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United States Department of Agriculture

Agricultural Research Service

Title: A Muscle Hypertrophy Condition in Lamb (Callipyge): Characterization of Effects on the Muscle Growth and Meat Quality

Authors
item Koohmaraie, Mohammad
item Shackelford, Steven
item Wheeler, Tommy
item Lonergan, Steven - UNIV OF NE - LINCOLN
item Doumit, Matthew

Submitted to: Journal of Animal Science
Publication Type: Peer Reviewed Journal
Publication Acceptance Date: August 8, 1995
Publication Date: N/A

Interpretive Summary: In 1983, a farmer from Oklahoma noticed that offspring of a ram in his flock had excessive muscling. Since then, it has been demonstrated that a single gene is responsible for this effect. Compared to normal lambs, these lambs have superior feed efficiency and carcass composition. Since lambs begin to show the muscling characteristics sometime after birth, dystocia is not a problem in carrier sheep and, thus, provides the sheep industry with a number of advantageous traits. The mechanisms through which this condition manifests itself are not known. We conducted these experiments to: 1) further characterize the effects of this gene on muscle growth and meat quality and 2) determine the mechanism through which these effects are brought about. Our results indicate the presence of this gene increased muscle weight by 27.6% and decreased all measures of carcass fatness. The data indicate that this massive increase in muscle weight is caused by increasing muscle protein synthesis and decreasing the rate at which muscle proteins are broken down. The major problem with this gene is its negative effect on meat tenderness. Thus, to be of acceptable palatability, callipyge meat must be tenderized prior to consumption, otherwise meat toughness could preclude the use of this genetics in the sheep industry.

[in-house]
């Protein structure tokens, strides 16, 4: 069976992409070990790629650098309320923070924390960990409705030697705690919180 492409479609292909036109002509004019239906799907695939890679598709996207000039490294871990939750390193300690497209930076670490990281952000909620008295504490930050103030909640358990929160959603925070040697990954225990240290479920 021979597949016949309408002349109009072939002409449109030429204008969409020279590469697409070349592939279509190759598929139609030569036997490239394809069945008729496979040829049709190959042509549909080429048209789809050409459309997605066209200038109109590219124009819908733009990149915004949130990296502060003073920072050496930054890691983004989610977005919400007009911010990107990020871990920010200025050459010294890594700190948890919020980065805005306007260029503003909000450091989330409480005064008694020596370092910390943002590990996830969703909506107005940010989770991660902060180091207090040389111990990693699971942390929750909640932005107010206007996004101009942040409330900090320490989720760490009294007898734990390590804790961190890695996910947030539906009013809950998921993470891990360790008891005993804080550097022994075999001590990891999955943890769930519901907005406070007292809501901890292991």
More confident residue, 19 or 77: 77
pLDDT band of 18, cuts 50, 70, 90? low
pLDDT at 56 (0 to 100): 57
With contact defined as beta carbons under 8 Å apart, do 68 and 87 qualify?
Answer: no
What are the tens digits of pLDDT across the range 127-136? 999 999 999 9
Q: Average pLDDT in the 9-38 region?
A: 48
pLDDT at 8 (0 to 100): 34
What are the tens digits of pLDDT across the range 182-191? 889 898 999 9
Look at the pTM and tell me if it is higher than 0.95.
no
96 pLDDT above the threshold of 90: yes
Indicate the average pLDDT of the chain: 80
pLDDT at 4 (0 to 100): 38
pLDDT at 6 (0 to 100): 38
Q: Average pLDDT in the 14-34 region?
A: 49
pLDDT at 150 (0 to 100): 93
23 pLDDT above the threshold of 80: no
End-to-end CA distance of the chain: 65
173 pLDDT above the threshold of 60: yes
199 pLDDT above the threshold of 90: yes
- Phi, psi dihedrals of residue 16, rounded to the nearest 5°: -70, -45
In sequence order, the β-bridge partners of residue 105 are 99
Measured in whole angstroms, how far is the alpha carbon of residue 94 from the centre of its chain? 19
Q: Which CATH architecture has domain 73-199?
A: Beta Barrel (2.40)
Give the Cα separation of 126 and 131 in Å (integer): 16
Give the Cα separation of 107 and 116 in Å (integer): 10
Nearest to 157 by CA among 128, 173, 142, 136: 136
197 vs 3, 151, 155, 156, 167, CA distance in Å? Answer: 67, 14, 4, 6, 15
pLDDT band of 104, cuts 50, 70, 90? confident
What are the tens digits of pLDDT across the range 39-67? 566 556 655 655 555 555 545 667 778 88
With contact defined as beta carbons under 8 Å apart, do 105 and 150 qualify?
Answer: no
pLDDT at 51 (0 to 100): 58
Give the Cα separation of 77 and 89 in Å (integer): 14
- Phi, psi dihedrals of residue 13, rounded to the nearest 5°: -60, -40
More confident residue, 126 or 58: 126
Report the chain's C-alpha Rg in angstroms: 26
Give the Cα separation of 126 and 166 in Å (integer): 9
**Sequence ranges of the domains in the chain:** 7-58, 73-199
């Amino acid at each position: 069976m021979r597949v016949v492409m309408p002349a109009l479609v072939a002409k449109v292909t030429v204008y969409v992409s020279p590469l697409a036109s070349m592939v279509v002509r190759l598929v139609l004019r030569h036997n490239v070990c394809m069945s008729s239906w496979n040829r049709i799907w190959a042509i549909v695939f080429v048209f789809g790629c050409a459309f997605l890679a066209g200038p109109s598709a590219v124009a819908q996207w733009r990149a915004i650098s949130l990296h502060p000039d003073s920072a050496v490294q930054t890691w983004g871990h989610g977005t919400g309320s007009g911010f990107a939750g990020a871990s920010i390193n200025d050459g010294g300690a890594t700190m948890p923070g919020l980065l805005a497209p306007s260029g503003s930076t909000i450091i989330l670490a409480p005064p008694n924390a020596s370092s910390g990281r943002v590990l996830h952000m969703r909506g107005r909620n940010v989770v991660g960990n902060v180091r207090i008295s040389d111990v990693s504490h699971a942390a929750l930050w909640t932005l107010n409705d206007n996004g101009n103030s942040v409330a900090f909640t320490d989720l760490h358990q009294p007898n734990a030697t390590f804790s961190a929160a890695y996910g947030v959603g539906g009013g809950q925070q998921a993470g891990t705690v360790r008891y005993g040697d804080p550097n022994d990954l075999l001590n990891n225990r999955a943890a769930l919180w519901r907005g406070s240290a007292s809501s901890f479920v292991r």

Technical Abstract: The present experiment was conducted to determine the effect of the callipyge gene on traits affecting muscle growth and meat tenderness. Dorset wethers (n = 40) which were either carriers or non-carriers of the callipyge gene were grain fed and slaughtered at 169 d of age. Genotype did not affect slaughter weight, hot carcass weight, or weights of the heart, spleen, viscera, kidney-pelvic fat, head, and pelt; however, callipyge lambs had a higher dressing percentage and lighter lungs, liver, and kidneys. Callipyge lambs had reduced fat thickness and marbling score and increased leg scores and longissimus area (34%). Adductor (30%), biceps femoris (42%), gluteus group (31%), longissimus (32%), psoas group (20%), quadriceps femoris (18%), semimembranosus (38%), and semitendinosus (26%) weights were increased in the callipyge phenotype; however, genotype did not affect weights of infraspinatus or supraspinatus. Longissimus myofibril fragmentation index was reduced at 1 (27%), 7 (35%), and 21 (37%) d postmortem and Warner-Bratzler shear force was increased at 1, 7, and 21 d postmortem in the callipyge phenotype. Shear force values of callipyge lambs at 21 d postmortem tended to be greater than shear force values of non-carriers at 1 d postmortem. Activities of calpastatin (83%) and m-calpain (45%) were increased by callipyge; however, u-calpain activity was not affected. Longissimus and semitendinosus RNA concentration, DNA content, RNA content, protein content, and the RNA:DNA ratio were increased in the callipyge phenotype. These results suggest that both reduced rate of protein degradation and increased capacity for protein synthesis are consequences of callipyge gene.

Last Modified: 8/30/2014
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